KATHMANDU, Aug 1: Experts have urged the government for more investment in agriculture sector to increase its contribution to the economy.
While agriculture is the most important economic sector for development with contribution of over 30 percent to gross domestic product (GDP) and over 65 percent of employment for the country, it has, unfortunately, also remained the worst-faring sector with only 2.9 percent growth rate through 2006-2015, compared to 3.2 percent in industry and 5.3 percent growth in services, they said, adding that investment of commercial banks in the sector also hovered just over 7 percent in 2015.
"ADB has been assisting the government for the development of the Agriculture Development Strategy (ADS)," Kenichi Yokoyama, Country Director of Asian Development Bank (ADB) that has commissioned the first-of-its-kind study-report to help promote the agriculture sector, said.
The study was led by White Lotus Centre (WLC) which identified policy and non-policy related barriers for investment in the sector and proposed a way forward to tackle these.
"We have also been preparing projects that help policy reforms in agriculture sector mobilizing our partners for the same," he said, adding that it is an outstanding platform to discuss about implementing strategies and actions to enhance investment in agriculture sector for inclusive growth.
The study-report was discussed by key stakeholders, including government, commercial bankers, agriculture entrepreneurs and experts, to agree necessary actions in order to facilitate medium and large-scale investment in agriculture sector in Kathmandu on Friday.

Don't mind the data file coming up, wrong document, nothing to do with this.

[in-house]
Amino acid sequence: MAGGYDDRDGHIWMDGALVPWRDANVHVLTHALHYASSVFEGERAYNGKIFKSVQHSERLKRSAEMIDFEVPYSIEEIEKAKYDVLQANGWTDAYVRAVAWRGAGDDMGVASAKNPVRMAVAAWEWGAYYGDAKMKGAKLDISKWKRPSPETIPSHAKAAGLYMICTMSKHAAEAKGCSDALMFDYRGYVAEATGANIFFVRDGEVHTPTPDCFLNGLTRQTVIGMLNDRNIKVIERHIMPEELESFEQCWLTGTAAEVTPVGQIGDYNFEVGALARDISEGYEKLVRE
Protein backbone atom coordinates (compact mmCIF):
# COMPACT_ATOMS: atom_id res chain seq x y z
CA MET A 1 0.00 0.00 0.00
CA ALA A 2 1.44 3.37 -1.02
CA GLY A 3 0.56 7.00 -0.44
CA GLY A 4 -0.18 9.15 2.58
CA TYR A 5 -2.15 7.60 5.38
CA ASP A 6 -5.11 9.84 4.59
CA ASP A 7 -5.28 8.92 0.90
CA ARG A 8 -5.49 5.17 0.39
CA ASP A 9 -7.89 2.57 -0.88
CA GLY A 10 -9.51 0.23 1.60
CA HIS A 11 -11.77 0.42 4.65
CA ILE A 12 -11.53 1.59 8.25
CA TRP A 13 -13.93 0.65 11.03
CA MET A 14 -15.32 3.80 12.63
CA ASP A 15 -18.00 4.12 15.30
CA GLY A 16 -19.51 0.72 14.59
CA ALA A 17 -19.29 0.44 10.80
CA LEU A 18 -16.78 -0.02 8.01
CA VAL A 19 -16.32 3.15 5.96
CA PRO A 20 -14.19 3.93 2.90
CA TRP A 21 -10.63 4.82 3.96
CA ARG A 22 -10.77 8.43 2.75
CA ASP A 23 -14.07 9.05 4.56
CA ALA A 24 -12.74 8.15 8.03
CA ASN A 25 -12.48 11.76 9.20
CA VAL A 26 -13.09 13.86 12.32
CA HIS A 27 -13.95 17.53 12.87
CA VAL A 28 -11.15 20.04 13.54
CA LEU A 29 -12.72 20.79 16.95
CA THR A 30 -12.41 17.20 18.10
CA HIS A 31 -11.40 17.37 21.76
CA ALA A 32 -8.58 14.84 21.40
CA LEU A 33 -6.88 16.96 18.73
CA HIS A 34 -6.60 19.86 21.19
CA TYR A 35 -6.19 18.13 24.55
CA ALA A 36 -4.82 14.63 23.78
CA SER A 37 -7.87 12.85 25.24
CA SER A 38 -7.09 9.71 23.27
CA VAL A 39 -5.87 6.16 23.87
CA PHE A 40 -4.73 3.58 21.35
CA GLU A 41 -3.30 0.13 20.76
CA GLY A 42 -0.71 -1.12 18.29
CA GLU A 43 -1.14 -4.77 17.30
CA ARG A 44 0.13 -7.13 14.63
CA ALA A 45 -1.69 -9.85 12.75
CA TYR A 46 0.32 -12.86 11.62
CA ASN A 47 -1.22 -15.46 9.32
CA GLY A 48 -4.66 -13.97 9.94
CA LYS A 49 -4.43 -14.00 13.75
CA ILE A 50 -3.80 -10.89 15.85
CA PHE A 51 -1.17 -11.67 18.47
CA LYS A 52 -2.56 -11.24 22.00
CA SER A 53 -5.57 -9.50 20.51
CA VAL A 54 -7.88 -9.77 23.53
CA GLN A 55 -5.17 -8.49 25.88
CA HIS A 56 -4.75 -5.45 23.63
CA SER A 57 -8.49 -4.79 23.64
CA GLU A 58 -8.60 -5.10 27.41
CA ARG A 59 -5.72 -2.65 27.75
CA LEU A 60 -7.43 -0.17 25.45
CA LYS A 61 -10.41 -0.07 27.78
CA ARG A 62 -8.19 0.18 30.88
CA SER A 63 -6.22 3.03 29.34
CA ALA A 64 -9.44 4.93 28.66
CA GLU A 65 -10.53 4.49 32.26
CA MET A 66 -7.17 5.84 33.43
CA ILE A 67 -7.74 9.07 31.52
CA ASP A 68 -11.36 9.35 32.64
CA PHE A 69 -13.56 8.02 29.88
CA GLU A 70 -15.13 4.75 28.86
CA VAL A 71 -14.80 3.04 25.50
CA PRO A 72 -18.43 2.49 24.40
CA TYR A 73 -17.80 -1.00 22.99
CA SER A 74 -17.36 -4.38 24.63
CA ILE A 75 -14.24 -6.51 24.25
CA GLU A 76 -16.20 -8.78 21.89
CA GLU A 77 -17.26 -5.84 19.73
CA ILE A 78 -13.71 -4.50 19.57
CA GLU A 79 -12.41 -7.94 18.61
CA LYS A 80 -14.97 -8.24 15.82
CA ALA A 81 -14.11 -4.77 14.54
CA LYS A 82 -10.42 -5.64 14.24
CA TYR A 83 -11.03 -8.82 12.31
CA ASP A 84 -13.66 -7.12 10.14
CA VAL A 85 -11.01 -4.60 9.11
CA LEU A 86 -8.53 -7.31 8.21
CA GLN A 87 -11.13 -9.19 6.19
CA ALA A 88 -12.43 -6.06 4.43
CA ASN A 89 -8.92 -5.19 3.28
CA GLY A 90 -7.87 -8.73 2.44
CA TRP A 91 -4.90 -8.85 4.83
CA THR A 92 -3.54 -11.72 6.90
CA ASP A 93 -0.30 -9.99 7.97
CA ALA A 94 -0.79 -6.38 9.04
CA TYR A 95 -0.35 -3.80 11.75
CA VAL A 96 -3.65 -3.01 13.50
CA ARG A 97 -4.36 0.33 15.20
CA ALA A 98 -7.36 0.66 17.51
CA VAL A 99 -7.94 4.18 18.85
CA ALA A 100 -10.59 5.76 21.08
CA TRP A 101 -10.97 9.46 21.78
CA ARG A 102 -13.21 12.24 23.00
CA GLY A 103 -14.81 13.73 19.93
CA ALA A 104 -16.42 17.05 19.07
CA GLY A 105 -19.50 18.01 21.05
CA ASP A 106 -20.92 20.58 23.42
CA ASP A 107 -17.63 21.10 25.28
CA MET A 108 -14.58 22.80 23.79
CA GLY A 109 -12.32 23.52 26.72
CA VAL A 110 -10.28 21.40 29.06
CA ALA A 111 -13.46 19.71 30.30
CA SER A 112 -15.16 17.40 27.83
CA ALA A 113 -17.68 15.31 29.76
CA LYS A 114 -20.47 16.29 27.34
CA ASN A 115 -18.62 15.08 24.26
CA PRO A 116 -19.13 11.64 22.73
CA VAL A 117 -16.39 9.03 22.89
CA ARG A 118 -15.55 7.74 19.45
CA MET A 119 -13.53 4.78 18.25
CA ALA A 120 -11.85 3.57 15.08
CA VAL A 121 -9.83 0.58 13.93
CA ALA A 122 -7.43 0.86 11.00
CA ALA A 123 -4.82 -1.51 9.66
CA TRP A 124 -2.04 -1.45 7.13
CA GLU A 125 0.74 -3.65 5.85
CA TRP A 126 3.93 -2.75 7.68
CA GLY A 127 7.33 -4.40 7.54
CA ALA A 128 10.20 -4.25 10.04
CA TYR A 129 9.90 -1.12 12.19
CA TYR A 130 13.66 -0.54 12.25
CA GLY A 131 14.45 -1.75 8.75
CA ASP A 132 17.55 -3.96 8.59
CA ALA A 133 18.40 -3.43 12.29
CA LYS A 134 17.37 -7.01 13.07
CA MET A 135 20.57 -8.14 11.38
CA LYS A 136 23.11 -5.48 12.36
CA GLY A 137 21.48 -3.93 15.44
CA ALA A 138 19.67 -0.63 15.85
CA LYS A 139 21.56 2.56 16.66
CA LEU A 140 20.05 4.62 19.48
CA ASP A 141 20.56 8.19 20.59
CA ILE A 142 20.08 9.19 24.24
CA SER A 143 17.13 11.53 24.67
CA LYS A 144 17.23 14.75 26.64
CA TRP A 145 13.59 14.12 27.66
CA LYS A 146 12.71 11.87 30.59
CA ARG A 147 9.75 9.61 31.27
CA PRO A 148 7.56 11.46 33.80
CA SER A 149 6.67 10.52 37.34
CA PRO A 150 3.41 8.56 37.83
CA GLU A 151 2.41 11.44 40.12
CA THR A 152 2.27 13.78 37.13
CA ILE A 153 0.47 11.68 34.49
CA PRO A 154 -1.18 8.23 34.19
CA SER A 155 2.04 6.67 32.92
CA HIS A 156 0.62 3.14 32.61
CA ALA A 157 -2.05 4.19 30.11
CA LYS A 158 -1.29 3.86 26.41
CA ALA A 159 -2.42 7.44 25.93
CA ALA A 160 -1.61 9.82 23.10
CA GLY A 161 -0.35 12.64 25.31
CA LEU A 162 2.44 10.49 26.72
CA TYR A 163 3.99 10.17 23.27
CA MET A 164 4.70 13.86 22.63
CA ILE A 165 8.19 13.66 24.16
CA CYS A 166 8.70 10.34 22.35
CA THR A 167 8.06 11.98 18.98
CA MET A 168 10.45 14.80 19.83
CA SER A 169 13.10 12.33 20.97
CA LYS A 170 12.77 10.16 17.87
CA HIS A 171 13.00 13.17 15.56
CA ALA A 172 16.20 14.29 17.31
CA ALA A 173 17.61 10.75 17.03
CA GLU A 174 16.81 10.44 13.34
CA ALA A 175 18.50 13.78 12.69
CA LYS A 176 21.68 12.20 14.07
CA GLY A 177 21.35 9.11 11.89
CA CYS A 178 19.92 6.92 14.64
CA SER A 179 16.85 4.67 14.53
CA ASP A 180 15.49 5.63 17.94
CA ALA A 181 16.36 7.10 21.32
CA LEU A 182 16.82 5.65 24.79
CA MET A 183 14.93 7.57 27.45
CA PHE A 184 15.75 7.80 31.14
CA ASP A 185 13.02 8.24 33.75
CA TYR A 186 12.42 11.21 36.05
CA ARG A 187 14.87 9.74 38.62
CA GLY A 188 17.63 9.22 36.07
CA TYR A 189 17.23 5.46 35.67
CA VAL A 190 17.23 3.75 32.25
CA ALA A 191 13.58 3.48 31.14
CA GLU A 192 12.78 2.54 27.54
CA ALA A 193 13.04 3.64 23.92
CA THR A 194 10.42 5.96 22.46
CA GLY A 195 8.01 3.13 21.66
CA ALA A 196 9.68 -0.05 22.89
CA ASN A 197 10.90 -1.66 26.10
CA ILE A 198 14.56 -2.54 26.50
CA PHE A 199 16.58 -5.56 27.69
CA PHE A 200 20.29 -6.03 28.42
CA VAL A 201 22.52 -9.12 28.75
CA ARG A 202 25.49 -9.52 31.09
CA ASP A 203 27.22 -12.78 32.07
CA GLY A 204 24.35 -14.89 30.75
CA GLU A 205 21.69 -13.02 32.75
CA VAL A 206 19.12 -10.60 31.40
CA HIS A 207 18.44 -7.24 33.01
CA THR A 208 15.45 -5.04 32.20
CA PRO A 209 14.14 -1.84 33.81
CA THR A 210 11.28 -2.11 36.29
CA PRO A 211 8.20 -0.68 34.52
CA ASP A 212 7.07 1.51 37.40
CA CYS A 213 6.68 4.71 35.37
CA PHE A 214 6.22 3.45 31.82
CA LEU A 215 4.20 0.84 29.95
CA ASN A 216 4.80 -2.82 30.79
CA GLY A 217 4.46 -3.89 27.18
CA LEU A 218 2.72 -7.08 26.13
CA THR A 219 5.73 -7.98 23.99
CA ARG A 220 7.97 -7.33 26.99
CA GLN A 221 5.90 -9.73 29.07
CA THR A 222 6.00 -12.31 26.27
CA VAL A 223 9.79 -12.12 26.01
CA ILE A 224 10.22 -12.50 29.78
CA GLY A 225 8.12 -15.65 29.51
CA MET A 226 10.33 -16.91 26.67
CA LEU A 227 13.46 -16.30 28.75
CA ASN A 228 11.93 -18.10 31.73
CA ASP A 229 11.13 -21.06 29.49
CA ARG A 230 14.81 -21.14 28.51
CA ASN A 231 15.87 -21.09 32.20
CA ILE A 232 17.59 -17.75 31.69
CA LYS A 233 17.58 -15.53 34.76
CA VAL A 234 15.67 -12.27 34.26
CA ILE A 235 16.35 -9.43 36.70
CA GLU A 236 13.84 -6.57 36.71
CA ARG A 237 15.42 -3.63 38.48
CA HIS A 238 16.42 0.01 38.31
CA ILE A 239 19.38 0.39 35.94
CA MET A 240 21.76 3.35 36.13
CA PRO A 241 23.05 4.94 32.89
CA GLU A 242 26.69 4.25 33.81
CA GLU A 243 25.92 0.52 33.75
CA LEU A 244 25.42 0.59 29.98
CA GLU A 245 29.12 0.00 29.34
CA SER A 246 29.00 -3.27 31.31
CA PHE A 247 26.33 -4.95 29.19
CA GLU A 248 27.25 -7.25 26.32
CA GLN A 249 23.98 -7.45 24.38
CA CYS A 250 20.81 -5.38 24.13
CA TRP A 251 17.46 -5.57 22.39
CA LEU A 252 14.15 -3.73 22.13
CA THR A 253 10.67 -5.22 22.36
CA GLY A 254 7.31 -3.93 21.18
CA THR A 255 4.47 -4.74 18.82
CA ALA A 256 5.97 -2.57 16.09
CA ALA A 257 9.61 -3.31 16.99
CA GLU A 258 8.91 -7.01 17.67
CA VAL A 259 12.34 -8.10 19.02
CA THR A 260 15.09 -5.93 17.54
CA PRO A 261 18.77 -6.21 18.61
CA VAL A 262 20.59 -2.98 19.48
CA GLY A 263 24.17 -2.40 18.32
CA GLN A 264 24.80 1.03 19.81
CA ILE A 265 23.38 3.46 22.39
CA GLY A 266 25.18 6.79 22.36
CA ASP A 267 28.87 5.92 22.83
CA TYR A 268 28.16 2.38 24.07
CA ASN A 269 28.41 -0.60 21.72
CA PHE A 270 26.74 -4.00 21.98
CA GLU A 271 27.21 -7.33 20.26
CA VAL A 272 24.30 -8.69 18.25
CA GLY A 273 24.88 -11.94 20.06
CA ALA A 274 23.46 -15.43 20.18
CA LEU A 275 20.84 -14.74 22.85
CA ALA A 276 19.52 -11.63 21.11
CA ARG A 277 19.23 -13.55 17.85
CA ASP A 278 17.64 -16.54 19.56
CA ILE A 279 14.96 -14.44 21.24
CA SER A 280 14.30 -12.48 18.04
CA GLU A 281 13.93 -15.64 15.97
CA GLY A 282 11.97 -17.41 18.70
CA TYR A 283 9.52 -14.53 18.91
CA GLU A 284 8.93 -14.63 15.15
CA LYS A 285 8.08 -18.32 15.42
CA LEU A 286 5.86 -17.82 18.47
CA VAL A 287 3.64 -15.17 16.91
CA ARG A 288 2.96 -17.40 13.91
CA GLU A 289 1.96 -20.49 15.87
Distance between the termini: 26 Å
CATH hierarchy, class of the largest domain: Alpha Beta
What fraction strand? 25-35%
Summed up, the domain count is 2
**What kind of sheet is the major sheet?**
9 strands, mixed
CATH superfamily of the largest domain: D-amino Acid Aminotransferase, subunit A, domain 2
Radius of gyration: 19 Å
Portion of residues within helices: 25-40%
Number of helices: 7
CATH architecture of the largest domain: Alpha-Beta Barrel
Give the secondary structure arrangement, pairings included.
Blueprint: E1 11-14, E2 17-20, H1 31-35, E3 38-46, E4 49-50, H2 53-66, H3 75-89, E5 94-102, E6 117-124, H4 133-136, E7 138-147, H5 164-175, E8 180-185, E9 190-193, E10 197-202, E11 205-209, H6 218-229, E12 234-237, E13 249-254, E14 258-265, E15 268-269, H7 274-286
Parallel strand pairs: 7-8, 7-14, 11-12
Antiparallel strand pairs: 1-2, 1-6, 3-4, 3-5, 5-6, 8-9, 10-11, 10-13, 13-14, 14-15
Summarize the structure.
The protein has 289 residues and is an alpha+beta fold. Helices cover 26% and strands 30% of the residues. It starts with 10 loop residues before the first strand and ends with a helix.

In the event jointly hosted by ADB and WLC, experts also urged to pour more investment in the agriculture sector to increase its contribution to the GDP and also create more employment.
If the agriculture sector is to generate significant economic gains for Nepal and its people, as desired by the government in its Agriculture Development Strategy, the sector has to be commercialized, they stressed, adding: "And, while there are several technological and knowledge-based barriers limiting this transition, initiatives to encourage medium and large-scale investments in agriculture will give the economy a boost."
Addressing the event, Managing Director at WLC, Kapil Tamot, who headed the study team, said that Nepal as an agriculture-centric economy is not reflected in reality. "Agricultural imports are ever increasing and over 50 percent of the population economically involved in the sector is still in the subsistence level," he said, adding that the country must move up from subsistence farming. "This requires immediate attention to expedite, revive and introduce policies, and to promote dialogue among the government-financial institutions-entrepreneurs as well as to provide technical assistance to both financial institutions and entrepreneurs," he added.